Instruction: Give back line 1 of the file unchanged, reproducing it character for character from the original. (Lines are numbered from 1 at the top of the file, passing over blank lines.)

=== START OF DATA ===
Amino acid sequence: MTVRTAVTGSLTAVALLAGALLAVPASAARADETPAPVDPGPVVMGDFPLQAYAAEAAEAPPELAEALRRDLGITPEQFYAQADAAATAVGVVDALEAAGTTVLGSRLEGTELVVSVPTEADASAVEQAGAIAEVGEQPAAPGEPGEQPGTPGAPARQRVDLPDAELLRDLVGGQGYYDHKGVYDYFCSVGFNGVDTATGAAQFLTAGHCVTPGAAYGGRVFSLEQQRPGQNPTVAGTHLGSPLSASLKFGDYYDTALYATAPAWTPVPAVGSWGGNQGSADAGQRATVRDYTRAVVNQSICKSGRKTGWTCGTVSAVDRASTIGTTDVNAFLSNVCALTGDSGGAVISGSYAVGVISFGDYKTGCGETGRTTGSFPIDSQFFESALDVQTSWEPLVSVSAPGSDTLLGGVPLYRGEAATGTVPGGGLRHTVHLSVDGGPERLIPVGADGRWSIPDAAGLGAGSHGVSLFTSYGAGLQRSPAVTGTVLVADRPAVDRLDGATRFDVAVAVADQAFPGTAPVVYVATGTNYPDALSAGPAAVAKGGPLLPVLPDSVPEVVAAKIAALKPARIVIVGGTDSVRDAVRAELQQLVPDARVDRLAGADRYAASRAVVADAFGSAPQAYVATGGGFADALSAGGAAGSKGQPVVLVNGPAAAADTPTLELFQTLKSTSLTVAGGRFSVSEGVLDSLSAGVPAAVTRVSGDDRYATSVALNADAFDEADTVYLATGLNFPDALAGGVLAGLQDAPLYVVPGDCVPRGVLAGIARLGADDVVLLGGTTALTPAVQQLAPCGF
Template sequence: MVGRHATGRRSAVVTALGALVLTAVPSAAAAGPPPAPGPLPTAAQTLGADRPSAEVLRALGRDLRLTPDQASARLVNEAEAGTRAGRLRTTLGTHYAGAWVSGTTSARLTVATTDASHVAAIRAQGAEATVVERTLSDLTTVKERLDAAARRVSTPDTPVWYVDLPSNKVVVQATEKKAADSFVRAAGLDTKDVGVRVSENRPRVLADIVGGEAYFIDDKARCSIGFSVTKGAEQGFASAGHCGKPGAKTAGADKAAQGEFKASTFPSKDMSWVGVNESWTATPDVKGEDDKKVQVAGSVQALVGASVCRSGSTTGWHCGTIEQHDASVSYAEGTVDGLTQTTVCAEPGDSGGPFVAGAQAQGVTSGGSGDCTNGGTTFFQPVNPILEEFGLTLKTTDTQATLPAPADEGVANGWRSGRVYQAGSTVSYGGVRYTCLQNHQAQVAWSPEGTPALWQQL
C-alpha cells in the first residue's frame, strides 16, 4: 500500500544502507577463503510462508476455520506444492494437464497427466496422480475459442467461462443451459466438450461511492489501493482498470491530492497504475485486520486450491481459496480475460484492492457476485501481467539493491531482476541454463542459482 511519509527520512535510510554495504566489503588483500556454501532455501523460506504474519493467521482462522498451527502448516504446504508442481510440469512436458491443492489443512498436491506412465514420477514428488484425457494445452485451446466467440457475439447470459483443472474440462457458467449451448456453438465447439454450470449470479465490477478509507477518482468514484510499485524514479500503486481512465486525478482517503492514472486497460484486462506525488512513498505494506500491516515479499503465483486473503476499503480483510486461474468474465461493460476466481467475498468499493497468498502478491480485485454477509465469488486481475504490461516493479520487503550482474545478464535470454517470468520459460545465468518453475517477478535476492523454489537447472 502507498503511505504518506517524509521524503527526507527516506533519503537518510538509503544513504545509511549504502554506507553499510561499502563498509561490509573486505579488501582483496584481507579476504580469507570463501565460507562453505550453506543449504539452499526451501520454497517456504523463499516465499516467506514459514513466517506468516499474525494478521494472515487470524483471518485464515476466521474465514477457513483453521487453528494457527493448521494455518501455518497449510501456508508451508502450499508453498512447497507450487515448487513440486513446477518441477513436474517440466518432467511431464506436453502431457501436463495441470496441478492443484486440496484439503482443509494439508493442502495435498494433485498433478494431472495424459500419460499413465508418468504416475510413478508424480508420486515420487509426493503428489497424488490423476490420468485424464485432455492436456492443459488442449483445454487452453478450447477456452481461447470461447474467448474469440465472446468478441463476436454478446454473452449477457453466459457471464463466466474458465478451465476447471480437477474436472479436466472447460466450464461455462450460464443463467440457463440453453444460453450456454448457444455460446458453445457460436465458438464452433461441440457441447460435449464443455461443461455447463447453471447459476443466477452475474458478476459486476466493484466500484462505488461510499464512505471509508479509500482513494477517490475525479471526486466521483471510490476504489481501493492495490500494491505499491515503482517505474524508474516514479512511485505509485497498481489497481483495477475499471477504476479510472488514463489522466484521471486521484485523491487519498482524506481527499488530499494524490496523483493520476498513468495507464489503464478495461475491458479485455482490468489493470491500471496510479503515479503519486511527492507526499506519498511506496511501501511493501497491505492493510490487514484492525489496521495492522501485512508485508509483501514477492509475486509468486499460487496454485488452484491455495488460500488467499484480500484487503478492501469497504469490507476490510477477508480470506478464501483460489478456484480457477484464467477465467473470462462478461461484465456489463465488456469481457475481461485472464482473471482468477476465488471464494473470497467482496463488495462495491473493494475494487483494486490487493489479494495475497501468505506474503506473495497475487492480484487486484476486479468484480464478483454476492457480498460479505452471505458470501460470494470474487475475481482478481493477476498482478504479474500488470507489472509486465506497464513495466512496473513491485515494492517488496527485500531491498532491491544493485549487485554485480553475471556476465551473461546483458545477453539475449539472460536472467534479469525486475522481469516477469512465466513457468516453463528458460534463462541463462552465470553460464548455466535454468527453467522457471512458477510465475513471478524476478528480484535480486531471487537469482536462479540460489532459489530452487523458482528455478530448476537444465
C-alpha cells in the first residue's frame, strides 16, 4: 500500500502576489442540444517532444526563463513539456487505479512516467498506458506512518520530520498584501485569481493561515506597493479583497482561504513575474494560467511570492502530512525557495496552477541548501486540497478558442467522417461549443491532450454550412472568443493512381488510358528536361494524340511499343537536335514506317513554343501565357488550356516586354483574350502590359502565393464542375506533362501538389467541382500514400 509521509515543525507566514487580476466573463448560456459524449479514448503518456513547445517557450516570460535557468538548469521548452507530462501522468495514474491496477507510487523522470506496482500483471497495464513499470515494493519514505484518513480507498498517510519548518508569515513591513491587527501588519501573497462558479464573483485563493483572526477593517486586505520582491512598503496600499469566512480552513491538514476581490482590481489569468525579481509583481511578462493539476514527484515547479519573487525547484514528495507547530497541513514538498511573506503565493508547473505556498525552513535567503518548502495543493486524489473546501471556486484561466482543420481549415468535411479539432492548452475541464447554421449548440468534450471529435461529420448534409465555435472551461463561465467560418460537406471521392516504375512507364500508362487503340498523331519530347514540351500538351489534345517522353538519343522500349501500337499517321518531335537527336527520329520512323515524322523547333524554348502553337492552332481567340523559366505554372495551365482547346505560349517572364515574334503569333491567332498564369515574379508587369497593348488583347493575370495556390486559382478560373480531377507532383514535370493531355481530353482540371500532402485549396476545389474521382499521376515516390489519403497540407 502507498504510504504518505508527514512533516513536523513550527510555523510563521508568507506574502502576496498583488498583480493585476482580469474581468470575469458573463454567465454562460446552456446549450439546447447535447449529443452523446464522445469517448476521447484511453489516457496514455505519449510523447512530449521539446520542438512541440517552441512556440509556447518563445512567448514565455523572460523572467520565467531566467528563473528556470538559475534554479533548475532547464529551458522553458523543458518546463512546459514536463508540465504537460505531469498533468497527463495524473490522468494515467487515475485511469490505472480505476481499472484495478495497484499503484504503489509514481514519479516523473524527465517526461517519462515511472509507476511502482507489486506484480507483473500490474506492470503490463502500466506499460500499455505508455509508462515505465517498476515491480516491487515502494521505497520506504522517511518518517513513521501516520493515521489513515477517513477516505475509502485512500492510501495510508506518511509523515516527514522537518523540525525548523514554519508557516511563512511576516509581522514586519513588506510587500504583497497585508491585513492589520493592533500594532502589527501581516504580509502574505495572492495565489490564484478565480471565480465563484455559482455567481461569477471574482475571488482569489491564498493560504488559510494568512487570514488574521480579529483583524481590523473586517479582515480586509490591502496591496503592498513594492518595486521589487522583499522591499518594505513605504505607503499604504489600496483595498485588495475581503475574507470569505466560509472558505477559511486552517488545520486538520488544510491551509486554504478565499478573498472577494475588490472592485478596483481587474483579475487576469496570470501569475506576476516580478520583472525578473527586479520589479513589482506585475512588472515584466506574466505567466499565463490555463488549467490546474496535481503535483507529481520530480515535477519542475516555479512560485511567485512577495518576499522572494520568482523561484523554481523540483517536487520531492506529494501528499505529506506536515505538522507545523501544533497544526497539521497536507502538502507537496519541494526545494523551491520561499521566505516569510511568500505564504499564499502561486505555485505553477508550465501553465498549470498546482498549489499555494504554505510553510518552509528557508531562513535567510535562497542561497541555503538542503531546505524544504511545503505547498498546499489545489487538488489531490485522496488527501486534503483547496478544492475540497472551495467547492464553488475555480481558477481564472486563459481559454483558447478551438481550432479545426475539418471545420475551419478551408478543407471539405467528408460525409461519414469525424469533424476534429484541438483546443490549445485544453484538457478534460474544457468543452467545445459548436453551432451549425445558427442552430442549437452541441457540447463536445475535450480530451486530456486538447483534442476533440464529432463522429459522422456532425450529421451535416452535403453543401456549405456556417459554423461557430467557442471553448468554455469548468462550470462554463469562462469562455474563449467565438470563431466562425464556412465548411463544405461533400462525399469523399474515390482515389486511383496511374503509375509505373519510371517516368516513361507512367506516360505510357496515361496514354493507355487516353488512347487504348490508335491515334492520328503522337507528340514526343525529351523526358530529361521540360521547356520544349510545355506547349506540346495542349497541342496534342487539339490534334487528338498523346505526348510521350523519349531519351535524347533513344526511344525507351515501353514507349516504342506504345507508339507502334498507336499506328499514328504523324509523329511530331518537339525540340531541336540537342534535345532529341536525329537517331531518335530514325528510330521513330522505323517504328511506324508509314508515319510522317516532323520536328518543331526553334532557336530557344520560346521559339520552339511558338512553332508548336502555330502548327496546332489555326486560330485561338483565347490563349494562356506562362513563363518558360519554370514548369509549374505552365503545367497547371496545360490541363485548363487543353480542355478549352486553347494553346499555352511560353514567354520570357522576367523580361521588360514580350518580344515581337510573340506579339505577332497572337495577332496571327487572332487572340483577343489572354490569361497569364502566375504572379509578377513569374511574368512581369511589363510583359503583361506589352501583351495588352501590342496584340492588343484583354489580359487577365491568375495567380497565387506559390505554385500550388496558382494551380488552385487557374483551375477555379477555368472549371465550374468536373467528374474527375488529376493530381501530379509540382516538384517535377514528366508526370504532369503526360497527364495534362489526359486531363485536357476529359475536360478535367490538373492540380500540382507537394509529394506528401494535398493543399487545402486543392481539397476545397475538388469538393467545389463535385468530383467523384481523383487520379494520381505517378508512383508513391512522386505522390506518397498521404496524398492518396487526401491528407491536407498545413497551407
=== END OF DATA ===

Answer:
Amino acid sequence: MTVRTAVTGSLTAVALLAGALLAVPASAARADETPAPVDPGPVVMGDFPLQAYAAEAAEAPPELAEALRRDLGITPEQFYAQADAAATAVGVVDALEAAGTTVLGSRLEGTELVVSVPTEADASAVEQAGAIAEVGEQPAAPGEPGEQPGTPGAPARQRVDLPDAELLRDLVGGQGYYDHKGVYDYFCSVGFNGVDTATGAAQFLTAGHCVTPGAAYGGRVFSLEQQRPGQNPTVAGTHLGSPLSASLKFGDYYDTALYATAPAWTPVPAVGSWGGNQGSADAGQRATVRDYTRAVVNQSICKSGRKTGWTCGTVSAVDRASTIGTTDVNAFLSNVCALTGDSGGAVISGSYAVGVISFGDYKTGCGETGRTTGSFPIDSQFFESALDVQTSWEPLVSVSAPGSDTLLGGVPLYRGEAATGTVPGGGLRHTVHLSVDGGPERLIPVGADGRWSIPDAAGLGAGSHGVSLFTSYGAGLQRSPAVTGTVLVADRPAVDRLDGATRFDVAVAVADQAFPGTAPVVYVATGTNYPDALSAGPAAVAKGGPLLPVLPDSVPEVVAAKIAALKPARIVIVGGTDSVRDAVRAELQQLVPDARVDRLAGADRYAASRAVVADAFGSAPQAYVATGGGFADALSAGGAAGSKGQPVVLVNGPAAAADTPTLELFQTLKSTSLTVAGGRFSVSEGVLDSLSAGVPAAVTRVSGDDRYATSVALNADAFDEADTVYLATGLNFPDALAGGVLAGLQDAPLYVVPGDCVPRGVLAGIARLGADDVVLLGGTTALTPAVQQLAPCGF